For clients with long-term horizons, Mark Rosenbaum and Jana Basden say that nothing beats good ol' asset allocation.
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With markets suffering from their worst performance in decades, it might be easy to try something a little more innovative than stocks, such as short positions, puts--anything to avoid further damage. But for one money-management firm in Portland, Ore., classic asset allocation still holds plenty of appeal.
"My sense is that the market is heading up over time," says Mark Rosenbaum, managing partner of Rosenbaum Financial. "We don't want to time the market, and we try to diversify to the greatest extent possible."
The Silo Approach
You would expect such a belief in the long-term possibility of markets from a firm that started in 1957 when Rosenbaum's father, Fred, began selling life insurance and other insurance products to local business owners.
Mark and the elder Rosenbaum started the current company in 1982 and called it Rosenbaum & Rosenbaum. Together, they expanded into other areas, such as executive compensation, estate planning, and benefits management, including pensions. They later changed the name to Rosenbaum Financial to better reflect the broader nature of their expanding business.
As more capabilities were added and the firm expanded into these different areas, Rosenbaum added staff who had the relevant areas of expertise. Investments were a natural offshoot of this progression, as clients then needed help managing pension assets. Much of the company's growth stems from the investment side now.
Today, the firm aims to manage all aspects of a client's financial life, so it is moving away from this silo system into a more integrated model. In addition to being registered investment advisors and stockbrokers, the associates are also charter life underwriters.
"The client will have one main contact at the firm, but we're getting to the point where they are also comfortable speaking with different members of the team," Rosenbaum says.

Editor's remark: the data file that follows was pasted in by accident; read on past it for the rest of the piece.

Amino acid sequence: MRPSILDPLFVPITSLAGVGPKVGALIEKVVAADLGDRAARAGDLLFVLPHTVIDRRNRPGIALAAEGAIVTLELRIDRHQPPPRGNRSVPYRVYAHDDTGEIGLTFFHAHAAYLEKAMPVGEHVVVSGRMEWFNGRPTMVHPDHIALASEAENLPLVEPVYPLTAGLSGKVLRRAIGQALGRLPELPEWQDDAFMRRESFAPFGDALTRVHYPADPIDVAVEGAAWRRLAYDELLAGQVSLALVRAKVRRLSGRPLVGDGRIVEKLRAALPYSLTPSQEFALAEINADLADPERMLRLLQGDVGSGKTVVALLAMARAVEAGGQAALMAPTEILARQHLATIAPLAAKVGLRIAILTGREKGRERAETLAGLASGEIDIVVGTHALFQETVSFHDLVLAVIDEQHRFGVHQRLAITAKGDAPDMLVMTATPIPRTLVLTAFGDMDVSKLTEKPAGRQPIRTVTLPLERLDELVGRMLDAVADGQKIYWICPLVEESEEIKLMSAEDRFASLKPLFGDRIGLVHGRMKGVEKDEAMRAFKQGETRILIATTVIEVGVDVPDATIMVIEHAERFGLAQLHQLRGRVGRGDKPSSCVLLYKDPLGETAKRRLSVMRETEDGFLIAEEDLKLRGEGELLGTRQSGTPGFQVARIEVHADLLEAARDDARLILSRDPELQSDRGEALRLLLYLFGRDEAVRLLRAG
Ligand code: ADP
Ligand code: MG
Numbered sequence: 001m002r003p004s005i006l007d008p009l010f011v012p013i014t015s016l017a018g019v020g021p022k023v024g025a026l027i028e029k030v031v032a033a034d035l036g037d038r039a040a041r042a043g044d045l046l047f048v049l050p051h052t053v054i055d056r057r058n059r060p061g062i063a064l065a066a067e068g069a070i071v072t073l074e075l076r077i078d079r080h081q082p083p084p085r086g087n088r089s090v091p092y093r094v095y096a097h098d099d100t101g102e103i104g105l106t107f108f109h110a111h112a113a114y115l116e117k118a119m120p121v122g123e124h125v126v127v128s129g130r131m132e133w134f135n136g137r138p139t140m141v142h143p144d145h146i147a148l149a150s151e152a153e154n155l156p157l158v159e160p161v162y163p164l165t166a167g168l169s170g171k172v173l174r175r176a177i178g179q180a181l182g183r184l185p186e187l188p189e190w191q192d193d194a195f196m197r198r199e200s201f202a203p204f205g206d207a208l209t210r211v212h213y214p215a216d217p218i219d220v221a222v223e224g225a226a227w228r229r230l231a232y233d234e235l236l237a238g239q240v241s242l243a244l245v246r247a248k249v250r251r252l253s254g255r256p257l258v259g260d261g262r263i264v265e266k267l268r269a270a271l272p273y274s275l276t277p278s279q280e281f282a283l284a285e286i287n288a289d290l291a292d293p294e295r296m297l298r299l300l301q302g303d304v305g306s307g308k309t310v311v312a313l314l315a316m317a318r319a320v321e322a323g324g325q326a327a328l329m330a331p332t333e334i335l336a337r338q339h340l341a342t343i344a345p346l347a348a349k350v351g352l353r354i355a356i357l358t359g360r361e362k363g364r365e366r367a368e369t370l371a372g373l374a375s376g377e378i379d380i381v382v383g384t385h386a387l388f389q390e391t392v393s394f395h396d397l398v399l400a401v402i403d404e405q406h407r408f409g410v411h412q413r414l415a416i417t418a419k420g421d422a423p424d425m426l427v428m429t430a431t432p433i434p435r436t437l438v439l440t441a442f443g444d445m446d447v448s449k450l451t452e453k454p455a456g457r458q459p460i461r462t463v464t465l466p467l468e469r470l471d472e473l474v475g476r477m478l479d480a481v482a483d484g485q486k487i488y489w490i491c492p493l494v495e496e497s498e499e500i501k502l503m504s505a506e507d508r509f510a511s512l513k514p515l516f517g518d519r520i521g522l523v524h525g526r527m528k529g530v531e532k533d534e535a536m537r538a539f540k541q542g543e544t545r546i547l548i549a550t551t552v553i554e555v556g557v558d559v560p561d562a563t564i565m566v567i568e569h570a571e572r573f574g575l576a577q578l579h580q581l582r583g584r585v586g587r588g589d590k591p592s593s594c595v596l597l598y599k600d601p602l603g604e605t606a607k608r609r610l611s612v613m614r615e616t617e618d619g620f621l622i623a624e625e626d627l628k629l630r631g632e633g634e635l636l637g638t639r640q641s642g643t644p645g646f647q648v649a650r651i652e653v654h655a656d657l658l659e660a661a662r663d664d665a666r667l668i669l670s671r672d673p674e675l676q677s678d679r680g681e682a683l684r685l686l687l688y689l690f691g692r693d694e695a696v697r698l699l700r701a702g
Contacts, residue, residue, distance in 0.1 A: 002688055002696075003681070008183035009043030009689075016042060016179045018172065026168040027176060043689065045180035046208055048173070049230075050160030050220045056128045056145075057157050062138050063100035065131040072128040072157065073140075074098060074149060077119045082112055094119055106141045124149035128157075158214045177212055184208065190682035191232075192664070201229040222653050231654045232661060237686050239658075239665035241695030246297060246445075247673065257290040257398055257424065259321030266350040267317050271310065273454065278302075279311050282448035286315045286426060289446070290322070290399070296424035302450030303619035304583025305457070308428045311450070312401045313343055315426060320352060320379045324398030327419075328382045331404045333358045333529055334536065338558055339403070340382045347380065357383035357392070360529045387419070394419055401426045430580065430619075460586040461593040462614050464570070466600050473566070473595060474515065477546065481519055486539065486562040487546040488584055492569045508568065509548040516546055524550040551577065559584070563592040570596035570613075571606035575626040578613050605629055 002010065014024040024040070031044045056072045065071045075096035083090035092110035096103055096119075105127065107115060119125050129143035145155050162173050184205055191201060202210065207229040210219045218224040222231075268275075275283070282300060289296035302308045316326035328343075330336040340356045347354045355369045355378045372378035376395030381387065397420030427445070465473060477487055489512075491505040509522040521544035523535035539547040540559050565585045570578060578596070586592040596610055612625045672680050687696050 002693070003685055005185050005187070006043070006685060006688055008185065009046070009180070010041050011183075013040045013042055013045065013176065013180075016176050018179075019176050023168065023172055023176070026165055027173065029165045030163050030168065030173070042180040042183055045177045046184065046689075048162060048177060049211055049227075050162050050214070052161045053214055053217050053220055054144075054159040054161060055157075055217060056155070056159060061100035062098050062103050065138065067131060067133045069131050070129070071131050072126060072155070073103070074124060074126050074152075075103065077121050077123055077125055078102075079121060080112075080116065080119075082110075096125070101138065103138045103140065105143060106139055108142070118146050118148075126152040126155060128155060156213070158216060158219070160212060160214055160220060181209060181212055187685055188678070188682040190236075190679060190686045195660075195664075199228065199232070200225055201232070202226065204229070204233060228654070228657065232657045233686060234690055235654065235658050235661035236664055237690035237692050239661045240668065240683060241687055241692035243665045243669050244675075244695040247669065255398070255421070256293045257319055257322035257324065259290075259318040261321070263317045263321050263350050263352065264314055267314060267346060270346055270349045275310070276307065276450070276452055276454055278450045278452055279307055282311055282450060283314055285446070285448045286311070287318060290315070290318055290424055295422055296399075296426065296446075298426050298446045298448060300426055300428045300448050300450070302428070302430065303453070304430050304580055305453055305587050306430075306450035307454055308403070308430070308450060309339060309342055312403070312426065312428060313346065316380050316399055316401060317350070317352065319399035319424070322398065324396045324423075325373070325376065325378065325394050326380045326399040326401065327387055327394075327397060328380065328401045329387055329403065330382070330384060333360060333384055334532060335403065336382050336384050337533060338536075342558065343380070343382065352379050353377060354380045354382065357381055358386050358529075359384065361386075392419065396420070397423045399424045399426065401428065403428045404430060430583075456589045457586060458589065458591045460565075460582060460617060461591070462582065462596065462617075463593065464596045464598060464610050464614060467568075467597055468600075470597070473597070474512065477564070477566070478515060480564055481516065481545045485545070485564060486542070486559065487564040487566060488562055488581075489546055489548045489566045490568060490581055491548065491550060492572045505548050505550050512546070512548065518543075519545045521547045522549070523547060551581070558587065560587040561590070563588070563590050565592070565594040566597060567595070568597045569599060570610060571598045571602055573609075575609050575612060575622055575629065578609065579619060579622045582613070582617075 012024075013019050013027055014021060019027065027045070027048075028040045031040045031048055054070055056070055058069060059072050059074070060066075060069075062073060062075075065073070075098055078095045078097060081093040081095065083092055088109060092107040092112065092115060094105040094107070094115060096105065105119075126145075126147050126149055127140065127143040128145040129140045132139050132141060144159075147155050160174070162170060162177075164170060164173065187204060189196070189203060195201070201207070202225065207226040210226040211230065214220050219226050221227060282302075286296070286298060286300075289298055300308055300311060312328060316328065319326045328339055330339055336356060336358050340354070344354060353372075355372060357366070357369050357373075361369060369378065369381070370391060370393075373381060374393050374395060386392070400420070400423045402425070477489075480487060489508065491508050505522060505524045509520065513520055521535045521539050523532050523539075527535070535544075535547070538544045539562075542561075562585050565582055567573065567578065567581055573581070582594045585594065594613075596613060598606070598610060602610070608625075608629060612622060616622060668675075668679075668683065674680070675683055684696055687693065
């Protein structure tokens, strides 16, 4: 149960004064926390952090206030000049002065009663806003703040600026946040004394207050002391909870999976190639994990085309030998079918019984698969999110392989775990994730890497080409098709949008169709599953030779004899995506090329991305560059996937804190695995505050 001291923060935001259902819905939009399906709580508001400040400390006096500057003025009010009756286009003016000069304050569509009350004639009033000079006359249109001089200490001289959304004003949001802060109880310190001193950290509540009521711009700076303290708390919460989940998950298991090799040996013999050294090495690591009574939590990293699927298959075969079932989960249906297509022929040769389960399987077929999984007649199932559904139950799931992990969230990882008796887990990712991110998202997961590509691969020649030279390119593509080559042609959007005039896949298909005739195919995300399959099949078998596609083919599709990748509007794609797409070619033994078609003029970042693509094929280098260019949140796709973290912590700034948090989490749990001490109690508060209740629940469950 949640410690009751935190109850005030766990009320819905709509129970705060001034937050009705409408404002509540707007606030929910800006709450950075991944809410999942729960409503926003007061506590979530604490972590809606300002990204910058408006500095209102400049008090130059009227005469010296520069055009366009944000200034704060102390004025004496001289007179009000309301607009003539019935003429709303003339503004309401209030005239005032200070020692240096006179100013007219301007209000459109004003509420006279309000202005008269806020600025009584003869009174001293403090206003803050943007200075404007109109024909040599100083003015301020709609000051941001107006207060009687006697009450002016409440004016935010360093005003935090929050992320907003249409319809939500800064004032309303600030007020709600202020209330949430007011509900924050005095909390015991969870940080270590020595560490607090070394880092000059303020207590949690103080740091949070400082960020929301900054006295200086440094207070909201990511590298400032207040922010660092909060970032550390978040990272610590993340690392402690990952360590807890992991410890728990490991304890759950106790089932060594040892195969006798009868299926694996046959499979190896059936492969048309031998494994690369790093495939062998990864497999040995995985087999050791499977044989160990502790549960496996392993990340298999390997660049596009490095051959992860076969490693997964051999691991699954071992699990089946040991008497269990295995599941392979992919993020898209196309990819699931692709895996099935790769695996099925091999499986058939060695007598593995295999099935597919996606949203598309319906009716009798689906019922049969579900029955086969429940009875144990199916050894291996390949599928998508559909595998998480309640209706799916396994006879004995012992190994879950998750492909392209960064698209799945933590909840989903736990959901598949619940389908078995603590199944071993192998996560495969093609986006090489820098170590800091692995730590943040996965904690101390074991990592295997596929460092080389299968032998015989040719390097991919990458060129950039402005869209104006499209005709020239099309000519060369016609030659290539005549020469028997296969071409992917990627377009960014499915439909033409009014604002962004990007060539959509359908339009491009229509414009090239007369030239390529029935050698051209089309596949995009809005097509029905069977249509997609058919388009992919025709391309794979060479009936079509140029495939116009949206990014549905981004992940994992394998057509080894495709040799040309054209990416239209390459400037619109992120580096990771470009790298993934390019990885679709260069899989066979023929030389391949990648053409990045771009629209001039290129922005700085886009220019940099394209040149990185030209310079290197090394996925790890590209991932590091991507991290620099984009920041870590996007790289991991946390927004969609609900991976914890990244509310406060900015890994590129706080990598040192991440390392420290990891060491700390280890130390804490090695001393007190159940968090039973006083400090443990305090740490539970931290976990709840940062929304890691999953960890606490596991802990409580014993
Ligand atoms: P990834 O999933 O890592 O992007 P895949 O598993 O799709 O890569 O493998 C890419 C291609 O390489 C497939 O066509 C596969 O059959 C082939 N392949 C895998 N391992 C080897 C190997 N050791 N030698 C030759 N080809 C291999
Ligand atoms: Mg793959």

The Investment Side
Jana Basden handles investments for the firm. Basden's background is in security selection and stock trading, but she also has a certified financial planner designation.
Rosenbaum and Basden pit various market segments against one another to find the best prospects among different securities. They emphasize investments that have had significant outperformance over time and look for those that can continue to outperform for the next 20 years or so. Today, the portfolio tilts more toward international stocks than it has in many years, with about a 30% weighting. That reflects Rosenbaum's view that the recovery, just like the downturn, will be global. Domestic stocks add another 50%, and alternative investments make up the balance.
In the past, Rosenbaum and Basden maintained positions in emerging markets and Europe, but today they emphasize Europe's more-established economies, such as Switzerland. The alternative portion of the portfolio, which has always included real estate, now includes timber, agriculture, and metals.
The firm makes a point of not betting on or against any particular sector or region. "Take our commodities or alternative positions," Rosenbaum says, "We've got 50% in North America and 50% outside."
At the same time, there is a smattering of small and large caps and emerging markets, all in the conviction that these segments will be contributors to performance in the long run. "We believe that there is a historical reason to suggest that small caps will perform well, but there is just as much of a case to be made that emerging markets will provide accelerated performance in comparison to the U.S. in coming out of the recession," Rosenbaum says.